Italian president steps down, ferment grows for successor
Updated: 2015-01-15 10:47
Italian President Giorgio Napolitano signs his resignation at the Quirinale presidential palace in Rome January 14, 2015. [Photo/Agencies]
ROME - Ageing Italian President Giorgio Napolitano resigned on Wednesday before the natural end of his second seven-year tenure, amid growing ferment in politics for the choice of his successor.
Senate speaker Pietro Grasso, the second executive of state, took the temporary presidency and will hold the presidential powers until a new head of state is appointed.
A statement issued by the Chamber of Deputies, or lower chamber, said parliament, composed of 630 deputies, 315 senators and currently six senators for life including Napolitano who serves as senator for life like all former presidents, will meet along with 58 regional representatives on Jan 29 to start presidential elections, within 15 days from the president's resignation as established by the Italian Constitution.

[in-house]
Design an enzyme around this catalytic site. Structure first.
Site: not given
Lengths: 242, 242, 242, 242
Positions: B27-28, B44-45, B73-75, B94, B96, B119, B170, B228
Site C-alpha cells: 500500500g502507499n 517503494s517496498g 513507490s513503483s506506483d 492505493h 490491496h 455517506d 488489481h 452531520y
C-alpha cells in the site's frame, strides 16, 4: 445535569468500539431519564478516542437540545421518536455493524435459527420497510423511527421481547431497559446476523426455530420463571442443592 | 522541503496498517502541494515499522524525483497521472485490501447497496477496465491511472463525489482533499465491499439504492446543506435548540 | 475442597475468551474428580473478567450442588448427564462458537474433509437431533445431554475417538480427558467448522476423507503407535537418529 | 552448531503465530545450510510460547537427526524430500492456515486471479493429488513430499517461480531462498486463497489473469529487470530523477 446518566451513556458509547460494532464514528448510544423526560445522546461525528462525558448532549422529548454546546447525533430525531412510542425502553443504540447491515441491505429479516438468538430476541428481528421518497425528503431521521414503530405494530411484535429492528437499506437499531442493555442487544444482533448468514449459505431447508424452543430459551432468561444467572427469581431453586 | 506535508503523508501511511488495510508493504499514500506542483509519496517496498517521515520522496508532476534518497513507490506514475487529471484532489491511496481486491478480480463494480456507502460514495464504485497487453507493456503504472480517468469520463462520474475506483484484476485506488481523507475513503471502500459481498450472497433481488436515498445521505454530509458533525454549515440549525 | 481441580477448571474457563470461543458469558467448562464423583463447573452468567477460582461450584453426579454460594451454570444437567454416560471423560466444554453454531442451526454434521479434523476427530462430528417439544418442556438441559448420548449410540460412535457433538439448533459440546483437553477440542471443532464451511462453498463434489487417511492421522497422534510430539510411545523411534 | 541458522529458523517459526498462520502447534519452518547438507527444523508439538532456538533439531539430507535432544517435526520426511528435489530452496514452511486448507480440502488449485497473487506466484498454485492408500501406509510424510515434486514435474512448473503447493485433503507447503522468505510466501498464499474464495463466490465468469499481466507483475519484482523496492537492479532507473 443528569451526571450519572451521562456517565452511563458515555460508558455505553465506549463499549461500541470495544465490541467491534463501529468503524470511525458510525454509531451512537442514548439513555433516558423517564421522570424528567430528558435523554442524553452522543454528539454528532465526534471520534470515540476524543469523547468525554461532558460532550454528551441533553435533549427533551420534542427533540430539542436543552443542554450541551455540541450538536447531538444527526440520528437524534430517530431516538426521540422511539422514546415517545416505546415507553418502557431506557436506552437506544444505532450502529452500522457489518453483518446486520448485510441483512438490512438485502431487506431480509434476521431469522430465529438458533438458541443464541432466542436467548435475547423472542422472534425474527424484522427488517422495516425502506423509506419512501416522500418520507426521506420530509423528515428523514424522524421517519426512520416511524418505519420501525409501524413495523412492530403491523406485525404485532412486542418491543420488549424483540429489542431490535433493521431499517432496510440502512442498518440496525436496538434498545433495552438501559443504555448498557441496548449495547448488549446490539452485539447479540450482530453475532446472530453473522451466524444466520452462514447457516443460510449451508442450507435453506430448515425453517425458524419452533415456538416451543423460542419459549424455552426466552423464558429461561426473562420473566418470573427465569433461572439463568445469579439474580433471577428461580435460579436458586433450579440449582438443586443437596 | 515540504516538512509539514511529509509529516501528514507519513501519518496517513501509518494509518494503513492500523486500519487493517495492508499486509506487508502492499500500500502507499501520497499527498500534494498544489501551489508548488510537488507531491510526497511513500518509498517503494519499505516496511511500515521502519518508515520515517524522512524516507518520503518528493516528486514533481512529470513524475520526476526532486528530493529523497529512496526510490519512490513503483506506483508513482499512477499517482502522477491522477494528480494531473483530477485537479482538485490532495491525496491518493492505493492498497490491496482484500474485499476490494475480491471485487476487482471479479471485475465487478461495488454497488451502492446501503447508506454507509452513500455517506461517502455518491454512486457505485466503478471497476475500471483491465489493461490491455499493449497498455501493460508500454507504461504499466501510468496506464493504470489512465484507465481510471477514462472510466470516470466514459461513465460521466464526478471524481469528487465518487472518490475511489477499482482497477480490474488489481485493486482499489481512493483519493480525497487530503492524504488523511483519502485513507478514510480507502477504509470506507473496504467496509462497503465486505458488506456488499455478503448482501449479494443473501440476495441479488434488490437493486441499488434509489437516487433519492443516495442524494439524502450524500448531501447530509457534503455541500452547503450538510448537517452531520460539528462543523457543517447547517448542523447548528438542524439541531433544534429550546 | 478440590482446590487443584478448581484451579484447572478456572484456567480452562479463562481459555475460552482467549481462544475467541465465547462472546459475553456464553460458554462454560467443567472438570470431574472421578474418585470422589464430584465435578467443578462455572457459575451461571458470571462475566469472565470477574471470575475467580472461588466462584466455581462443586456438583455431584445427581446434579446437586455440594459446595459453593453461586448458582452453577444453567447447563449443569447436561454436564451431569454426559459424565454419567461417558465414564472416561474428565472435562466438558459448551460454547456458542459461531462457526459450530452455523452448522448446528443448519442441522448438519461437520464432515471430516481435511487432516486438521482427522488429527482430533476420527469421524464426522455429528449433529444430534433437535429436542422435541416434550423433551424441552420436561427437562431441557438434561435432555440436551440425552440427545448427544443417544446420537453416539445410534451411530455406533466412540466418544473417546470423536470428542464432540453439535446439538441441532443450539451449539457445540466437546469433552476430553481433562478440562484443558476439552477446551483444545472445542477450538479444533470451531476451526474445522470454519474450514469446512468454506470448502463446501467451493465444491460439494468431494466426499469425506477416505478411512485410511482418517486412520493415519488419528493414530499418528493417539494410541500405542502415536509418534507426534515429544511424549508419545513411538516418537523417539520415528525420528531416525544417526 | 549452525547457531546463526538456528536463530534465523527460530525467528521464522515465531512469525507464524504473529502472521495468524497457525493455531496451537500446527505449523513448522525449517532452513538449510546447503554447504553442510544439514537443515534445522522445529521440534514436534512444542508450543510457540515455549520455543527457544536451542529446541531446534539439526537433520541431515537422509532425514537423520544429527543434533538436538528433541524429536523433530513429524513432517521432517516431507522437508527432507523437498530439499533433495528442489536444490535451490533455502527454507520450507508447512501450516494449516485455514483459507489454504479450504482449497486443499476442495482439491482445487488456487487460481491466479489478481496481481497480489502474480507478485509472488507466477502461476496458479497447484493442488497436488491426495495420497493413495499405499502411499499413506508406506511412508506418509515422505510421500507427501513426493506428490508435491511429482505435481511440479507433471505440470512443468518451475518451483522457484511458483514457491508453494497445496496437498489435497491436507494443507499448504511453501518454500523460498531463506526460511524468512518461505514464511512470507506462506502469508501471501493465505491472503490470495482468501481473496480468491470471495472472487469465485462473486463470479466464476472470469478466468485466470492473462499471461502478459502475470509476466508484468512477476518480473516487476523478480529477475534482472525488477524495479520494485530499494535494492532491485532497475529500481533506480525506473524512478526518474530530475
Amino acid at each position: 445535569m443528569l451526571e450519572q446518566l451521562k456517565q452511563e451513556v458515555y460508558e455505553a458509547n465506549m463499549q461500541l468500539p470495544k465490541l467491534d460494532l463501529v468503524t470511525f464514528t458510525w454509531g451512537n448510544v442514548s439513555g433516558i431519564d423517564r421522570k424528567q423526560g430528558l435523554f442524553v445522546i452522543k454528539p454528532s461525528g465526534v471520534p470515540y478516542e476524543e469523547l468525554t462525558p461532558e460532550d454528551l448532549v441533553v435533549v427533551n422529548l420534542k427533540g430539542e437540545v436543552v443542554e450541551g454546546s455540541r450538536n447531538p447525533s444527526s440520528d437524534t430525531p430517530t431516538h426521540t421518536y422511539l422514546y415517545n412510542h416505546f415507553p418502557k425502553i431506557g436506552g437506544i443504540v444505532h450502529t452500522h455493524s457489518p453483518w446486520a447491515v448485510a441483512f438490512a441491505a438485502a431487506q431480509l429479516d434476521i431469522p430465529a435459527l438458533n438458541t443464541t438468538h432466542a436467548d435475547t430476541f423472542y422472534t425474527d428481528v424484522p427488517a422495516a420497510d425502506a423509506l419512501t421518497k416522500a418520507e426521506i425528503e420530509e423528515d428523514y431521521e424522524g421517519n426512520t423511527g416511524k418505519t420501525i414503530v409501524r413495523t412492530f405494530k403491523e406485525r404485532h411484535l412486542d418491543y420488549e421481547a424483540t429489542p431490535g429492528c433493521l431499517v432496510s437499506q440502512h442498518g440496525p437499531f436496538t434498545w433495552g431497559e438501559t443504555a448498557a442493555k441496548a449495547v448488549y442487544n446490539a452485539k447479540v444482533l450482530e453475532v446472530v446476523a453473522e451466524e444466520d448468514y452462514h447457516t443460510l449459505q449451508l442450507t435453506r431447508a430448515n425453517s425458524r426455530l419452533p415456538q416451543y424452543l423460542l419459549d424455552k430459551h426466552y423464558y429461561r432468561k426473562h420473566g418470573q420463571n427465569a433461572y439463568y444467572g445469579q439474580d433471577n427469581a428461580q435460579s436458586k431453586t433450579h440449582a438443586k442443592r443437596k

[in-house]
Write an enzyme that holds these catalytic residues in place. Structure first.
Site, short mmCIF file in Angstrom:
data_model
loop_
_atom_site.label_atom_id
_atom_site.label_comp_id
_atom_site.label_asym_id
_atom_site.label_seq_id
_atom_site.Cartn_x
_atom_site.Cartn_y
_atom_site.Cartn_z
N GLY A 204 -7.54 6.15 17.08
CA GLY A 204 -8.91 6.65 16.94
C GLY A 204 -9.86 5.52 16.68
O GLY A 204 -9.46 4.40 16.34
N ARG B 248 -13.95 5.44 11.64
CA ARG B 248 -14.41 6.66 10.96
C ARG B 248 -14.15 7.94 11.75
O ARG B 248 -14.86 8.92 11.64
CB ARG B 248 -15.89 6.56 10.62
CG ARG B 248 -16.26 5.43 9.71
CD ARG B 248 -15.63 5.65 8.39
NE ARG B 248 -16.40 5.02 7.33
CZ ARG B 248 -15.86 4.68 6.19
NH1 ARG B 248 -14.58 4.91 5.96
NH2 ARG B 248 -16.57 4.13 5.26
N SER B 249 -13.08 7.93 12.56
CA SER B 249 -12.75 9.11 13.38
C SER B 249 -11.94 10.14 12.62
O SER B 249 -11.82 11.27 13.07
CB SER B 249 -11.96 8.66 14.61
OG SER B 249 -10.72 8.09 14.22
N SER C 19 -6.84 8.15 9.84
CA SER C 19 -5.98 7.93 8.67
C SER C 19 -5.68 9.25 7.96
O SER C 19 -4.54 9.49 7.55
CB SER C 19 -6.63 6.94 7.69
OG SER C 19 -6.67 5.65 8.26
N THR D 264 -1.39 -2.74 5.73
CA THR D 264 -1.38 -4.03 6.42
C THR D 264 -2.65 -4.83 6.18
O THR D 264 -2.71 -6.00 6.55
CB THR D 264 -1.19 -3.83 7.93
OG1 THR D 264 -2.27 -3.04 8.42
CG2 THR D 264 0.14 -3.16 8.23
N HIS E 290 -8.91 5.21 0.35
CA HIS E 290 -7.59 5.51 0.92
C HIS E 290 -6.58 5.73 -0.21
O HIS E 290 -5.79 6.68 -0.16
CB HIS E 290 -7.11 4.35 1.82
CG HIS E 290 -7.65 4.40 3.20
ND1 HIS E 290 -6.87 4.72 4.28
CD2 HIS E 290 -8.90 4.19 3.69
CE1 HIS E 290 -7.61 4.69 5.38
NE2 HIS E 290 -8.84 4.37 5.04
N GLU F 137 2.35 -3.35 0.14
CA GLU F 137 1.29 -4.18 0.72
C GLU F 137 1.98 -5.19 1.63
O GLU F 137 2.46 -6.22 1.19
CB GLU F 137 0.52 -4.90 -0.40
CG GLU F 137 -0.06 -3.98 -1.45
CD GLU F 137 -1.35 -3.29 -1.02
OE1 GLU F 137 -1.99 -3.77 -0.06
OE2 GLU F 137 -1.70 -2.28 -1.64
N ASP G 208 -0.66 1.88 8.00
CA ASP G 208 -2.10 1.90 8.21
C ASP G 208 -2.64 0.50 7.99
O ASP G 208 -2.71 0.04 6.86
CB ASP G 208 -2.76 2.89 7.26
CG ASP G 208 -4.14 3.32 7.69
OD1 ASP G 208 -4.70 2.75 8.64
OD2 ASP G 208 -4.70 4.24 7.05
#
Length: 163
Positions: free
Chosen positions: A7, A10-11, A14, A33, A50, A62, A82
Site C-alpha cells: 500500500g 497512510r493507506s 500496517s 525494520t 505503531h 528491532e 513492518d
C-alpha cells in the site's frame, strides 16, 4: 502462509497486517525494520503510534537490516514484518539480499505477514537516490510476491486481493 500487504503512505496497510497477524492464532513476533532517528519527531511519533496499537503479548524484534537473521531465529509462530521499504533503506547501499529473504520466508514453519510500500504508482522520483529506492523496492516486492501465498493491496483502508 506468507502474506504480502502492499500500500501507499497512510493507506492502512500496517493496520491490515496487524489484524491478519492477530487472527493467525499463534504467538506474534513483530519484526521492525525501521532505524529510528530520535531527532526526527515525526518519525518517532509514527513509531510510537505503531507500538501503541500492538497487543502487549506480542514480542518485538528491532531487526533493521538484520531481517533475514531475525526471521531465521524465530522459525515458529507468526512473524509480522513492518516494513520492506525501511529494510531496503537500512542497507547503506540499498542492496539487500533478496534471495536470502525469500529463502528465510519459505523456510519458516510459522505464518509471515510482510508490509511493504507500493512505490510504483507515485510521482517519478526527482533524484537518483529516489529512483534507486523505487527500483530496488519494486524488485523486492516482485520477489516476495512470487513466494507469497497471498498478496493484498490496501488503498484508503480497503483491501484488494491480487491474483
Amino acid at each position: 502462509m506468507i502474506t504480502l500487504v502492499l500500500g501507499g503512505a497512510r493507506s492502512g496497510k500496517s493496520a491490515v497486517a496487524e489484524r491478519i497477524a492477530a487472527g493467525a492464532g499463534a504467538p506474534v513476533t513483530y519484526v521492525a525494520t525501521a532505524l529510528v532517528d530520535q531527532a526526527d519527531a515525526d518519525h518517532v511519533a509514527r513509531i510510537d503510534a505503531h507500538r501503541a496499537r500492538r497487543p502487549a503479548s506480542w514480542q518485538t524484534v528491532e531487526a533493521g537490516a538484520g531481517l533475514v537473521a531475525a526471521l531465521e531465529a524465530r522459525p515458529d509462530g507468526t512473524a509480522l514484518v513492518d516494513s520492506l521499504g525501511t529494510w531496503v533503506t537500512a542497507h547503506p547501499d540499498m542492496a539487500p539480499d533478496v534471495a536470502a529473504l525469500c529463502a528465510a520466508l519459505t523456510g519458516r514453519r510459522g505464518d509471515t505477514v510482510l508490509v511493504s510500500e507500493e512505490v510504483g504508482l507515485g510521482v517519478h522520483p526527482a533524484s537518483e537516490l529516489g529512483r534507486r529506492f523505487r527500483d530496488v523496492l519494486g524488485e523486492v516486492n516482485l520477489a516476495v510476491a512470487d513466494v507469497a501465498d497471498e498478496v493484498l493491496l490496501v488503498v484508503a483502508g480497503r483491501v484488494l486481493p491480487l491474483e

The election will take place by secret ballot with a majority vote cast by two-thirds of the assembly in the first three rounds of balloting, after which a simple majority is sufficient.
In this lapse of time, labored negotiations for the choice of a new president, who can be any Italian citizen aged at least 50 and in possession of all civil and political rights, are expected to take place among political parties.
A number of potential candidates have been mentioned by the local press in recent weeks including former Rome mayor Walter Veltroni, constitutional court judge Sergio Mattarella, former prime ministers Giuliano Amato and Romano Prodi, Foreign Minister Paolo Gentiloni, Defence Minister Roberta Pinotti and former national anti-mafia prosecutor Grasso himself.